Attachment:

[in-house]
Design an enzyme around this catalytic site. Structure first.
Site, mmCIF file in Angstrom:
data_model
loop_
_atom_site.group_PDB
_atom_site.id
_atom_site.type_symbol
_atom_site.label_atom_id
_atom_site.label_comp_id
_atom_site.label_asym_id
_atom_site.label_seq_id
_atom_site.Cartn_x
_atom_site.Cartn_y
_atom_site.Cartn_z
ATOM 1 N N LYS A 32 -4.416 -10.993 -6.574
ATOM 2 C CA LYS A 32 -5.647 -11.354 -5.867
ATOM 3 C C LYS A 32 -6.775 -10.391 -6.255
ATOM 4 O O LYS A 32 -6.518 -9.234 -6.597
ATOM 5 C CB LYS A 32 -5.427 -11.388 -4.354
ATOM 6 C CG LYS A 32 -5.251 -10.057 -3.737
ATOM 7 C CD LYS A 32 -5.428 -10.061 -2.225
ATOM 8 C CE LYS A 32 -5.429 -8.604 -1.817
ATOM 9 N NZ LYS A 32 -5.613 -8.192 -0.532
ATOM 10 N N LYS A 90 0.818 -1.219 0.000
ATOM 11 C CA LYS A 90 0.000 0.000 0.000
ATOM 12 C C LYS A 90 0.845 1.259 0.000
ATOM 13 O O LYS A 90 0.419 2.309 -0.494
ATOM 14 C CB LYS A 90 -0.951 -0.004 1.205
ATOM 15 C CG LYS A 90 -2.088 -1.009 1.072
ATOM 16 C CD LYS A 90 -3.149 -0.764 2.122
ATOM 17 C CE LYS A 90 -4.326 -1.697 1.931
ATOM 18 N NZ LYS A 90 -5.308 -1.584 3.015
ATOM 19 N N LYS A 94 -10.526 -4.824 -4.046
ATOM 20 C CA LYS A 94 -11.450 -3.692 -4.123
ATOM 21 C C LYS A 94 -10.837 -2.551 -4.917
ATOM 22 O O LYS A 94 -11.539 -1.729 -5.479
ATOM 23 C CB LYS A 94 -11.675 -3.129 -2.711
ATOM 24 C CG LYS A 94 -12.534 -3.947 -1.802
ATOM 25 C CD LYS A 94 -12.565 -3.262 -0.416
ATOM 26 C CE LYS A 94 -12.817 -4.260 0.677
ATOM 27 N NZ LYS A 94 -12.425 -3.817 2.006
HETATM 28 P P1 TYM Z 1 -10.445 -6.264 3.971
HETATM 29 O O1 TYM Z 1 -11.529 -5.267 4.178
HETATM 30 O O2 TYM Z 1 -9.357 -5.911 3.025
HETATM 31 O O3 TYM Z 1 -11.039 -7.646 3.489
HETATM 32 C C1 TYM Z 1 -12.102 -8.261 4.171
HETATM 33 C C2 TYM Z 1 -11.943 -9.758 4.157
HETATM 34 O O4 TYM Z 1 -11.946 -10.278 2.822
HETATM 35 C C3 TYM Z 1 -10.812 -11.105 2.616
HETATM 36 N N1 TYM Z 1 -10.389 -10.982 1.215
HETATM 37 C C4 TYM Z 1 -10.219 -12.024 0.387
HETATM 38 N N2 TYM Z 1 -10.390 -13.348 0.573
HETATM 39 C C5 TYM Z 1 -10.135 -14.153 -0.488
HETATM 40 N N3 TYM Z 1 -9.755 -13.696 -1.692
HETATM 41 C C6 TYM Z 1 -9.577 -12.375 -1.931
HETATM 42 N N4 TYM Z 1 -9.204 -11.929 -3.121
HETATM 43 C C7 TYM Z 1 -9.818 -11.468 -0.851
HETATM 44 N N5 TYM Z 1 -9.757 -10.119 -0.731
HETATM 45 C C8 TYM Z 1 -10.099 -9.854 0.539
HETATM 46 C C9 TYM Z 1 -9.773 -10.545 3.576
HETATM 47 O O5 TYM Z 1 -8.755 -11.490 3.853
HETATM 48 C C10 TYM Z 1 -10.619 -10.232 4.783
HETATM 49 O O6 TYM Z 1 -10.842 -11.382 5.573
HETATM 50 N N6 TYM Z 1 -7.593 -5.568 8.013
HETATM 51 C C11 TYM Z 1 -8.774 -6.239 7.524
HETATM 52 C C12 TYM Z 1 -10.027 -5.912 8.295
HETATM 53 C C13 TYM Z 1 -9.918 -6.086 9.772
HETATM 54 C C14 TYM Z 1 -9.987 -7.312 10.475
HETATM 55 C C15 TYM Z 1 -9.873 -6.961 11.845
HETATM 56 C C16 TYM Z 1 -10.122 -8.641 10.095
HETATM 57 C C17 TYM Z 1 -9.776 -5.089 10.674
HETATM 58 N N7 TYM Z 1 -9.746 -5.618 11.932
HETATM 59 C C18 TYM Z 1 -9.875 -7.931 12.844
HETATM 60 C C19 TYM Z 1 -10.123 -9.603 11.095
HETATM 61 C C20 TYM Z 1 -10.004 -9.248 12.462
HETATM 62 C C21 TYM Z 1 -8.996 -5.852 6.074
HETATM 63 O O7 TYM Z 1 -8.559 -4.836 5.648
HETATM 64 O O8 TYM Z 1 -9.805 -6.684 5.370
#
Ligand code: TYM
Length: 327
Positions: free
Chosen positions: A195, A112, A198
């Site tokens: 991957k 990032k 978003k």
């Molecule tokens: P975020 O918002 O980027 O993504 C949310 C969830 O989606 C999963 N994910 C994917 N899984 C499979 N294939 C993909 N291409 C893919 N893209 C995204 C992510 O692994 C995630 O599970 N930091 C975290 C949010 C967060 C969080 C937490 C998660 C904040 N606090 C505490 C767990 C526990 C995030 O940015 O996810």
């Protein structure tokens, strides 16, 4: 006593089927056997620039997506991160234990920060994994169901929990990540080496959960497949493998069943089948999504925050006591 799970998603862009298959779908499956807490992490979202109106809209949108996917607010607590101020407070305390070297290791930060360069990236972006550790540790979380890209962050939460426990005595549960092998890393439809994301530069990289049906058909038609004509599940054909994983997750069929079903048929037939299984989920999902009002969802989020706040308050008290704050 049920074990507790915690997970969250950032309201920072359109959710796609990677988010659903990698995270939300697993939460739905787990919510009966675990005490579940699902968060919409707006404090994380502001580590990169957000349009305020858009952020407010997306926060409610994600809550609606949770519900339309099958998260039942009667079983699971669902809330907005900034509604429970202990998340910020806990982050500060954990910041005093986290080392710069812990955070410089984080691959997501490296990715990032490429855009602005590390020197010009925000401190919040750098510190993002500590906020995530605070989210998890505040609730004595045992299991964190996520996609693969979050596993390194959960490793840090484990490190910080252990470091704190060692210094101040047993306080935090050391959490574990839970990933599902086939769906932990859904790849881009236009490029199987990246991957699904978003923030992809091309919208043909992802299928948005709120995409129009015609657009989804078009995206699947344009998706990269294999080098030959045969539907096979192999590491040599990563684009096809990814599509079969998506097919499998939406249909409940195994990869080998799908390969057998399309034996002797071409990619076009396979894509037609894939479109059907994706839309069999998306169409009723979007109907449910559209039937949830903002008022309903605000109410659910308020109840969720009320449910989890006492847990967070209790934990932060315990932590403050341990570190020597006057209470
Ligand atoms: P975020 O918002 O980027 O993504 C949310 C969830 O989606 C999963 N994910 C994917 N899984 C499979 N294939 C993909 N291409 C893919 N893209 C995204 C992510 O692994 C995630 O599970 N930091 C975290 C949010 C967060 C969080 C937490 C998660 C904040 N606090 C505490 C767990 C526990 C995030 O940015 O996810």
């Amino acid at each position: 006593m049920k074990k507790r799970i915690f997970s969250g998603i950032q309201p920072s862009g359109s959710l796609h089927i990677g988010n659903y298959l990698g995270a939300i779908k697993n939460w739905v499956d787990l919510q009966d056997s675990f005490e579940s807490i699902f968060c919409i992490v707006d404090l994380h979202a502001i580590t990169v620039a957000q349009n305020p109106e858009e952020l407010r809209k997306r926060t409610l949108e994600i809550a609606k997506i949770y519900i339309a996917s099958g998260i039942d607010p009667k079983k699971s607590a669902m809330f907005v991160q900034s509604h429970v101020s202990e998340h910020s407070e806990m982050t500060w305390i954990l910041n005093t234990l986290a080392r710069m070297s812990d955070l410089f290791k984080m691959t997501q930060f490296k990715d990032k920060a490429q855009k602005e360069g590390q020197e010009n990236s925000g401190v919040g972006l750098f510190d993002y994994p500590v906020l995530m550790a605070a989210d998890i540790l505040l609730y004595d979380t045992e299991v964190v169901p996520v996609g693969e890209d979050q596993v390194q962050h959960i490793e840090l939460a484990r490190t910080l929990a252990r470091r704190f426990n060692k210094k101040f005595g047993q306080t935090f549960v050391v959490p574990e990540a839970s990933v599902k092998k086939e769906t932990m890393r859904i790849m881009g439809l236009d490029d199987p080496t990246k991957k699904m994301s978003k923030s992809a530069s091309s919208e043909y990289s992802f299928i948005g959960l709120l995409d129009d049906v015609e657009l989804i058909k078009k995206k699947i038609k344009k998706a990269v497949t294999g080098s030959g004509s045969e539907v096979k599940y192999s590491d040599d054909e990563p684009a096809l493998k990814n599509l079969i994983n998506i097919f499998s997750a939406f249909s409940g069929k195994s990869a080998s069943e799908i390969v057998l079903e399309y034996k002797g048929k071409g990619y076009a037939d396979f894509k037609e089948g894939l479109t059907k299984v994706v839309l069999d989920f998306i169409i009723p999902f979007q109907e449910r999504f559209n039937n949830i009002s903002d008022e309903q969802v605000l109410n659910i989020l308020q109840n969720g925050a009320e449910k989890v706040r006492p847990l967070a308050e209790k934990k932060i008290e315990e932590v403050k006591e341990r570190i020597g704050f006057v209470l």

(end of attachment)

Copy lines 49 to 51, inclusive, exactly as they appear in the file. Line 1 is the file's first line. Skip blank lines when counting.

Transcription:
HETATM 34 O O4 TYM Z 1 -11.946 -10.278 2.822
HETATM 35 C C3 TYM Z 1 -10.812 -11.105 2.616
HETATM 36 N N1 TYM Z 1 -10.389 -10.982 1.215